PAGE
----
Down in the Depths (A Review of Dungeon)


Role-playing games like Dungeons & Dragons are enjoyable because they give you a chance to take on the role of a hero and go on adventures to fight monsters and find some treasure. Unfortunately, they usually take lots of preparation and many hours.

In Dungeon!, a recent rerelease of a classic game, players are given the opportunity to snatch up a quick hero, dive into a winding maze of a dungeon, kill a stack of monsters, and snatch up some treasure, all in a game that should take about thirty minutes. Does this game succeed in condensing RPG combat into a simple, quick system that is still enjoyable to play? Read on!

How It Plays

The rules for Dungeon! are pretty simple.  At the start of the game, each player must choose a hero.  There are 4 classes, and a male and female character stand for each class.  The Rogue is the weakest combat class, but only needs 10,000 gold to win and has a better chance of getting through secret doors.  Clerics are slightly better than Rogues at combat, but no other special abilities, and still only need 10,000 gold to win.  Fighters are powerful warriors that can slay much bigger beasts, but need 20,000 gold to win.  Finally, Wizards are not quite as powerful as Fighters straight up, but have access to powerful attack spells which make mincemeat out of most monsters.  However the Wizards need 30,000 gold to win.

The maze makes it look more complicated than it is…

Each turn, players can move 5 steps.  If they stop in an uncleared room or chamber, they must fight a monster.  If they defeat the monster, they are awarded with treasure.  If they fail to kill the monster, the monster attacks back and has a variety of effects that range from “nothing”  to “you lose all your treasure and go back to the central chamber.”  Combat is simple dice rolling – players roll 2 6-sided dice (2d6) and compare the total to the monster they are fighting.  Each monster has a target number for each class.  If you meet or beat that number, you win, otherwise you don’t.  Monsters roll 2d6 as well and a chart tells you what happens based on their roll.

Fortunately, even if you lose your treasure to a monster, you can get it all back by defeating that monster.  Treasures are mostly arbitrary items with a gold value, but some give you a combat boost or other special ability.

The dungeon is a complex maze with areas designated levels 1 through 6.  Each higher level area has more powerful monsters and more valuable treasure.

The game ends when one player returns to the center of the board with the necessary amount of treasure for their class.

The best treasure is more difficult to obtain… but, oh is it dreamy.

A Worthy Adventure?

Dungeon! was supposed to be an enjoyable experience. A simple, condensed RPG that lasted twenty to thirty minutes, where we could role-play our heroes with very simple rules and then get on to another game.

And it was enjoyable. For about twenty minutes. Unfortunately, the game just doesn’t have much to offer, and after the twenty-minute mark, it simply became repetitive. Roll dice, gain some treasure. Roll dice, lose treasure. Roll dice, gain treasure.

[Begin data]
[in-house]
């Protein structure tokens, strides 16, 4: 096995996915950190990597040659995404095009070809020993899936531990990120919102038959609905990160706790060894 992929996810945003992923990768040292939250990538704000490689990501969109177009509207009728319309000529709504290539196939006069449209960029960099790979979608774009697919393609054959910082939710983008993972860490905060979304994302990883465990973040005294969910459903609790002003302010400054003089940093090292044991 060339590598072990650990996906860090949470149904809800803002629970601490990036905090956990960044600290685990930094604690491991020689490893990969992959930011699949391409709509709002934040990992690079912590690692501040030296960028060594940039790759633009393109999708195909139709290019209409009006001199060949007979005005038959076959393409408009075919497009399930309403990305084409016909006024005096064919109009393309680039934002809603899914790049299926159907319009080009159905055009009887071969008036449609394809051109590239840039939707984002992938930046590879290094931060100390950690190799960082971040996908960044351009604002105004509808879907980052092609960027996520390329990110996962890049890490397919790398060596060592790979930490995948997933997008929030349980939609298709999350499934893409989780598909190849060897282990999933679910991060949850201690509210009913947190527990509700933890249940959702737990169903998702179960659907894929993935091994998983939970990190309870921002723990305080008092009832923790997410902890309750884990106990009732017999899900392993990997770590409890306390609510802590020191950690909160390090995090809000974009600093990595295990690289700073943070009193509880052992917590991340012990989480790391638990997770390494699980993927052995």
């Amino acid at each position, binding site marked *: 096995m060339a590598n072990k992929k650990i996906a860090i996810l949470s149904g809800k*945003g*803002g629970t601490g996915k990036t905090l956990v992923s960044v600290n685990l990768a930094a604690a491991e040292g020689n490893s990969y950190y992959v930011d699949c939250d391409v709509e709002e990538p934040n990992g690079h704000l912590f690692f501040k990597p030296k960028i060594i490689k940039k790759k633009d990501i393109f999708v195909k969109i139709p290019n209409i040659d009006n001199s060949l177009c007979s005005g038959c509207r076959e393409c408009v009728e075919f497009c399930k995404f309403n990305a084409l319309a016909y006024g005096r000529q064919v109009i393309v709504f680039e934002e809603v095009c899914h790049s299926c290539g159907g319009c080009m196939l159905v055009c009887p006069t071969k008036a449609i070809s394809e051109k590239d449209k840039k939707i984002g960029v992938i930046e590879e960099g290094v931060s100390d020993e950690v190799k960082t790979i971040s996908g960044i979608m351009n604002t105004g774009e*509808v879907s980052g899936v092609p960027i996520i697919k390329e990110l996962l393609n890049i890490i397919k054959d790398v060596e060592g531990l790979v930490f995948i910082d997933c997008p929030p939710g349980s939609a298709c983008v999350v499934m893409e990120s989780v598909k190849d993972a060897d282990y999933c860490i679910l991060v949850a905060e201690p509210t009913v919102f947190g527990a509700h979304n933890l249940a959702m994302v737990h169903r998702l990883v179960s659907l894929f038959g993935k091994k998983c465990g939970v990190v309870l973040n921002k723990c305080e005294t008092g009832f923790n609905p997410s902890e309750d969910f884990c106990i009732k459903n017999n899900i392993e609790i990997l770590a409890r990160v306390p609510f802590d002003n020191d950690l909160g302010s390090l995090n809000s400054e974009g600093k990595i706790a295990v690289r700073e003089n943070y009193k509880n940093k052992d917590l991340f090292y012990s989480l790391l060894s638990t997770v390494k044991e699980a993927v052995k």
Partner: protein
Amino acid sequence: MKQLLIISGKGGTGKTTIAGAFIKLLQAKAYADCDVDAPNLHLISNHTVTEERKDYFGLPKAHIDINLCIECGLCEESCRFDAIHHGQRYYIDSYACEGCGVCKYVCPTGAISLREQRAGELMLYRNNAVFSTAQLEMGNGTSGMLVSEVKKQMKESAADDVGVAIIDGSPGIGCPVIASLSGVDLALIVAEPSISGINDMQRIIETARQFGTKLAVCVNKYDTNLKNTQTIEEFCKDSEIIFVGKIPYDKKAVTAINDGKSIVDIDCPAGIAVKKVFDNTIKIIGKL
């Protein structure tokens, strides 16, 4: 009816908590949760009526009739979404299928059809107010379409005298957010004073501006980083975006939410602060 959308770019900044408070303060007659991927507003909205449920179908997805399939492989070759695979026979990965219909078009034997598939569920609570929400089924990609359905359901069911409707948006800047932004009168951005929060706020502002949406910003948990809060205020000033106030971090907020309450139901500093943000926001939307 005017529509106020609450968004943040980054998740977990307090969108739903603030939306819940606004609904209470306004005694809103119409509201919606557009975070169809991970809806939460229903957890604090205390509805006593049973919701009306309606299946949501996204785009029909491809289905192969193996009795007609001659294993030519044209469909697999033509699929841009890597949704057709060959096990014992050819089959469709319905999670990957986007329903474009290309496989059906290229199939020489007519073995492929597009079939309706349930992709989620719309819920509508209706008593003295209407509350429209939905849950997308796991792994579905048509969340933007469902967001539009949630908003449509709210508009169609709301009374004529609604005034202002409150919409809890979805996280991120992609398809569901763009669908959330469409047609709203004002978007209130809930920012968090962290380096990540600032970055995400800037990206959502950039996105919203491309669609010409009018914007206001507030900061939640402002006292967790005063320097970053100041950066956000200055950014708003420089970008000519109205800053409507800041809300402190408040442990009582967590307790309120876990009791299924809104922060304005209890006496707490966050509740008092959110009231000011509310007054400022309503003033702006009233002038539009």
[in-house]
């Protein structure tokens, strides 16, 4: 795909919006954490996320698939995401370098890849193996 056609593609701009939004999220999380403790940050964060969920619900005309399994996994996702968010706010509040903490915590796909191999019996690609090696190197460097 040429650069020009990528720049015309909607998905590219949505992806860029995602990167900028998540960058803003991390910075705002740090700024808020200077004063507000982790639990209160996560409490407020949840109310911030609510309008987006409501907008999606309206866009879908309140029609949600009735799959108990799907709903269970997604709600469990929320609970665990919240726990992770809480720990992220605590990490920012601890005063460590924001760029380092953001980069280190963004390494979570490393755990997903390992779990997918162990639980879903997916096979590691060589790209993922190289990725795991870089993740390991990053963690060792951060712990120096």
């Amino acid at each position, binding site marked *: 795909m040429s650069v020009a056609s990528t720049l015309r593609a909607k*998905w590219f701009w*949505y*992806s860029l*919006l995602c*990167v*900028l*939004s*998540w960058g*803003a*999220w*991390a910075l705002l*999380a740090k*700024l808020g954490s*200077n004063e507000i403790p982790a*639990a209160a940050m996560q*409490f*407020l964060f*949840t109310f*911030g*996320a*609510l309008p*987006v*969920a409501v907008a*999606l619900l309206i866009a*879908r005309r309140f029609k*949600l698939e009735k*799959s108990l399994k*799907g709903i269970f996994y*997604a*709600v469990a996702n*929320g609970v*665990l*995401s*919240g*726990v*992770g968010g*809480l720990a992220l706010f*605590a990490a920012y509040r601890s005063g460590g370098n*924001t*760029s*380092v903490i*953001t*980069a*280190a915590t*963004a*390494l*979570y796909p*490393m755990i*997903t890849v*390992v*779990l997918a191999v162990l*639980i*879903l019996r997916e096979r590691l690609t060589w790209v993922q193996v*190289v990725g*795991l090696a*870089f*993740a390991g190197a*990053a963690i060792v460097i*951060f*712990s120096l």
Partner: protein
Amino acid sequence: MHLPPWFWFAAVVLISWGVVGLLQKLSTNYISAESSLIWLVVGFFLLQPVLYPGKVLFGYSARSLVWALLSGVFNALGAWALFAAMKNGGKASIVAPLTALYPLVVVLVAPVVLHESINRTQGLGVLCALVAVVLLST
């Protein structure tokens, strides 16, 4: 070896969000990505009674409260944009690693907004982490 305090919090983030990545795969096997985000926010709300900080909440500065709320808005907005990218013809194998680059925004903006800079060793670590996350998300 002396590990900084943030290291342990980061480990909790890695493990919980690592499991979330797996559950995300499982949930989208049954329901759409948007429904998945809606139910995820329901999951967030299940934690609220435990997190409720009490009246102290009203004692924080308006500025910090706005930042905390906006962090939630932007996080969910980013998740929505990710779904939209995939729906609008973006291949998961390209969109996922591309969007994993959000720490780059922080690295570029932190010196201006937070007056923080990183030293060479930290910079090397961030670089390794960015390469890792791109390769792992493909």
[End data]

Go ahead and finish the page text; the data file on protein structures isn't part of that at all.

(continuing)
The real problem here, though–because, as I said, this can be enjoyable for a quick twenty- to thirty-minute game–is that the game does not have a hard-and-fast ending. The winner is entirely determined by the dice rolls; which is okay, we knew what we were getting into. However, the game end is based entirely on those dice rolls as well.

These 8 heroes have been randomly chosen to participate in an adventure in which only 1 of them will randomly win!

See, when one person rolls really well (as Board Game Josh put it, this is the most winning strategy, and really the only strategy), they will get their treasure and win and the game ends and there you have it.  However, if everyone rolls poorly, the game never ends. Nothing pushes the game toward its conclusion. It is entirely possible to just get stuck in dungeon limbo.

The different classes weren’t exactly thrilling either. The Cleric simply couldn’t do much; the Rogue could only get little monsters, and the “secret doors” bonus isn’t much of an advantage; the Wizard ran out of spells and got stuck; the Warrior just couldn’t seem to beat average monsters for her class. Turn after turn circled around the table and after almost an hour, we still hadn’t finished the game and were nowhere close. I don’t know what we did wrong, but the game stalled horribly, and we ran out of interest.

There really is no predominant strategy here. There really is no strategy here; nothing to make gameplay choices interesting. You have to bring all the fun yourself, really. It’s fun to role-play without worrying about complex RPG rules…but Dungeon! doesn’t give you a whole lot to go on. There’s no player interaction; no way for players to team up and split treasure; no NPCs; no depth to the combat. Each class is slightly different: Rogues have the get-through-secret-doors ability, Warriors are pretty good at killing things, and Wizards have spells. Clerics get the shaft, not really being strong at combat and having no special abilities. Oddly, undead monsters seem to be stronger against Clerics, which seems counter to… well, everything I know about Clerics.